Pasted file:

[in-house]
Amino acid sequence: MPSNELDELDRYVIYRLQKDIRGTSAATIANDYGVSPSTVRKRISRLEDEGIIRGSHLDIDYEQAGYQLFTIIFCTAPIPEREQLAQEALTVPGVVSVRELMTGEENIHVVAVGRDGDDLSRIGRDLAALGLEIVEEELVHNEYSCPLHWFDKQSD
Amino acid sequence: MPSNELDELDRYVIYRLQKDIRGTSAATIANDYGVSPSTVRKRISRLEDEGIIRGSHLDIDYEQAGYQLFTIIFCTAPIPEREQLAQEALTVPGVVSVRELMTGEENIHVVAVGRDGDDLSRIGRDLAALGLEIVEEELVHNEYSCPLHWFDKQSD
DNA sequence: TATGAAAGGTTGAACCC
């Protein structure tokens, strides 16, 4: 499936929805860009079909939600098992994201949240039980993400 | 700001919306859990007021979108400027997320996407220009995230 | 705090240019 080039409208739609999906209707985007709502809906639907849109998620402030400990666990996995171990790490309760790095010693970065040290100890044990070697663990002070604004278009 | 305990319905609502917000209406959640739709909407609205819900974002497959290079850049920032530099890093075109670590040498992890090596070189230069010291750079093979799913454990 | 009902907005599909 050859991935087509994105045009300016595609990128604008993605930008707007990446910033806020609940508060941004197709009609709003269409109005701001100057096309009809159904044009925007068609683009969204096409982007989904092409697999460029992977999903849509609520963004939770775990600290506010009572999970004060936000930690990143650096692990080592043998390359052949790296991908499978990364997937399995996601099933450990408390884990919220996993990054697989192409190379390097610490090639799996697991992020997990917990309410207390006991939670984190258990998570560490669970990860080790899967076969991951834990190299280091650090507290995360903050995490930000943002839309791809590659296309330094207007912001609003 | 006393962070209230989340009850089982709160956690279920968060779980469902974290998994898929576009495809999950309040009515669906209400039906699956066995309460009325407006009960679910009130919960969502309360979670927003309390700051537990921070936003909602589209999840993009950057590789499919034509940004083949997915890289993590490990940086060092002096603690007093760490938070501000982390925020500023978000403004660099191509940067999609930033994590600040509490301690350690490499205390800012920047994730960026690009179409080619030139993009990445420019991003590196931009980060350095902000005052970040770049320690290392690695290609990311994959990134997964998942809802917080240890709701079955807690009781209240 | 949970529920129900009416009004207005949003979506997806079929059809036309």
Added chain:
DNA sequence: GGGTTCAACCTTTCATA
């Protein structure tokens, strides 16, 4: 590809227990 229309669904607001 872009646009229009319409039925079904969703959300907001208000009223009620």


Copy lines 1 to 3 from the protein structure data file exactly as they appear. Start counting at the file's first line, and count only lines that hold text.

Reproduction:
[in-house]
Amino acid sequence: MPSNELDELDRYVIYRLQKDIRGTSAATIANDYGVSPSTVRKRISRLEDEGIIRGSHLDIDYEQAGYQLFTIIFCTAPIPEREQLAQEALTVPGVVSVRELMTGEENIHVVAVGRDGDDLSRIGRDLAALGLEIVEEELVHNEYSCPLHWFDKQSD
Amino acid sequence: MPSNELDELDRYVIYRLQKDIRGTSAATIANDYGVSPSTVRKRISRLEDEGIIRGSHLDIDYEQAGYQLFTIIFCTAPIPEREQLAQEALTVPGVVSVRELMTGEENIHVVAVGRDGDDLSRIGRDLAALGLEIVEEELVHNEYSCPLHWFDKQSD